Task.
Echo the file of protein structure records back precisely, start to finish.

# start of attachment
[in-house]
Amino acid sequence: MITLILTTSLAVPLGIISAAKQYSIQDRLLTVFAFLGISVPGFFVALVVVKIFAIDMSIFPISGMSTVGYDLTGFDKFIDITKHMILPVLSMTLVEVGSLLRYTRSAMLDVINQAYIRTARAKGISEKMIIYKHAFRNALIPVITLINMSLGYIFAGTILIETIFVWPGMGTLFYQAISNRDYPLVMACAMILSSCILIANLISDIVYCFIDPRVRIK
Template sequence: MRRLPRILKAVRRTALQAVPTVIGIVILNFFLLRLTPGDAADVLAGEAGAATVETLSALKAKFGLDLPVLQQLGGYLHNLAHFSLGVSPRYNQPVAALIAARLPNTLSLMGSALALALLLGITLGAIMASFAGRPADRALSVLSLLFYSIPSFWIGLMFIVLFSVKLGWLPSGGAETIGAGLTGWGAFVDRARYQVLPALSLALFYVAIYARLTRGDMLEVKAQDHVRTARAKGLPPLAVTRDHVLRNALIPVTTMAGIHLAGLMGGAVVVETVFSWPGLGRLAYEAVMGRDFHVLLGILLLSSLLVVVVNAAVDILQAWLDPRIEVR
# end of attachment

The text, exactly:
[in-house]
Amino acid sequence: MITLILTTSLAVPLGIISAAKQYSIQDRLLTVFAFLGISVPGFFVALVVVKIFAIDMSIFPISGMSTVGYDLTGFDKFIDITKHMILPVLSMTLVEVGSLLRYTRSAMLDVINQAYIRTARAKGISEKMIIYKHAFRNALIPVITLINMSLGYIFAGTILIETIFVWPGMGTLFYQAISNRDYPLVMACAMILSSCILIANLISDIVYCFIDPRVRIK
Template sequence: MRRLPRILKAVRRTALQAVPTVIGIVILNFFLLRLTPGDAADVLAGEAGAATVETLSALKAKFGLDLPVLQQLGGYLHNLAHFSLGVSPRYNQPVAALIAARLPNTLSLMGSALALALLLGITLGAIMASFAGRPADRALSVLSLLFYSIPSFWIGLMFIVLFSVKLGWLPSGGAETIGAGLTGWGAFVDRARYQVLPALSLALFYVAIYARLTRGDMLEVKAQDHVRTARAKGLPPLAVTRDHVLRNALIPVTTMAGIHLAGLMGGAVVVETVFSWPGLGRLAYEAVMGRDFHVLLGILLLSSLLVVVVNAAVDILQAWLDPRIEVR